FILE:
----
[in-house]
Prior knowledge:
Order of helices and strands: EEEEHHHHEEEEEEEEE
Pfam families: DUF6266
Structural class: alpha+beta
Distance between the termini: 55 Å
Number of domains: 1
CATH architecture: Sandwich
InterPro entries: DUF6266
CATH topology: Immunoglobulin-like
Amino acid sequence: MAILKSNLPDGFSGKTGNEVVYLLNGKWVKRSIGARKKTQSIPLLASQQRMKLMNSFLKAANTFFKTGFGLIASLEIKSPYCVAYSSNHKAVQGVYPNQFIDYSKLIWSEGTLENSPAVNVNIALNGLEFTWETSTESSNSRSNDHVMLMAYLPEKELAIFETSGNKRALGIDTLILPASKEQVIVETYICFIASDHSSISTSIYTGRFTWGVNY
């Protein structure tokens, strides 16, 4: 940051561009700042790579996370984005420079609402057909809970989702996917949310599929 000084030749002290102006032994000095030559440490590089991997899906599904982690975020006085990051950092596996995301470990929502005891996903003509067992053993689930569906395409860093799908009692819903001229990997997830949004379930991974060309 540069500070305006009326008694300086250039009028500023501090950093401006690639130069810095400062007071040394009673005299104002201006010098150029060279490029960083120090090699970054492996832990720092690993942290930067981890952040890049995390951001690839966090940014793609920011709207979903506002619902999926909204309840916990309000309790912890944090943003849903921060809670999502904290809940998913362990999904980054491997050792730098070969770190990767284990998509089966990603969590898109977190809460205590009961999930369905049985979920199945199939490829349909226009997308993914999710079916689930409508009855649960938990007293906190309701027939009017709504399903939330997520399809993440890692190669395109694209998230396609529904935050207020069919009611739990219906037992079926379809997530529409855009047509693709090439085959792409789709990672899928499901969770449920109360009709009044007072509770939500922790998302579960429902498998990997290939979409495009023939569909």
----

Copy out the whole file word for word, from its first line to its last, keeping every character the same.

[in-house]
Prior knowledge:
Order of helices and strands: EEEEHHHHEEEEEEEEE
Pfam families: DUF6266
Structural class: alpha+beta
Distance between the termini: 55 Å
Number of domains: 1
CATH architecture: Sandwich
InterPro entries: DUF6266
CATH topology: Immunoglobulin-like
Amino acid sequence: MAILKSNLPDGFSGKTGNEVVYLLNGKWVKRSIGARKKTQSIPLLASQQRMKLMNSFLKAANTFFKTGFGLIASLEIKSPYCVAYSSNHKAVQGVYPNQFIDYSKLIWSEGTLENSPAVNVNIALNGLEFTWETSTESSNSRSNDHVMLMAYLPEKELAIFETSGNKRALGIDTLILPASKEQVIVETYICFIASDHSSISTSIYTGRFTWGVNY
């Protein structure tokens, strides 16, 4: 940051561009700042790579996370984005420079609402057909809970989702996917949310599929 000084030749002290102006032994000095030559440490590089991997899906599904982690975020006085990051950092596996995301470990929502005891996903003509067992053993689930569906395409860093799908009692819903001229990997997830949004379930991974060309 540069500070305006009326008694300086250039009028500023501090950093401006690639130069810095400062007071040394009673005299104002201006010098150029060279490029960083120090090699970054492996832990720092690993942290930067981890952040890049995390951001690839966090940014793609920011709207979903506002619902999926909204309840916990309000309790912890944090943003849903921060809670999502904290809940998913362990999904980054491997050792730098070969770190990767284990998509089966990603969590898109977190809460205590009961999930369905049985979920199945199939490829349909226009997308993914999710079916689930409508009855649960938990007293906190309701027939009017709504399903939330997520399809993440890692190669395109694209998230396609529904935050207020069919009611739990219906037992079926379809997530529409855009047509693709090439085959792409789709990672899928499901969770449920109360009709009044007072509770939500922790998302579960429902498998990997290939979409495009023939569909």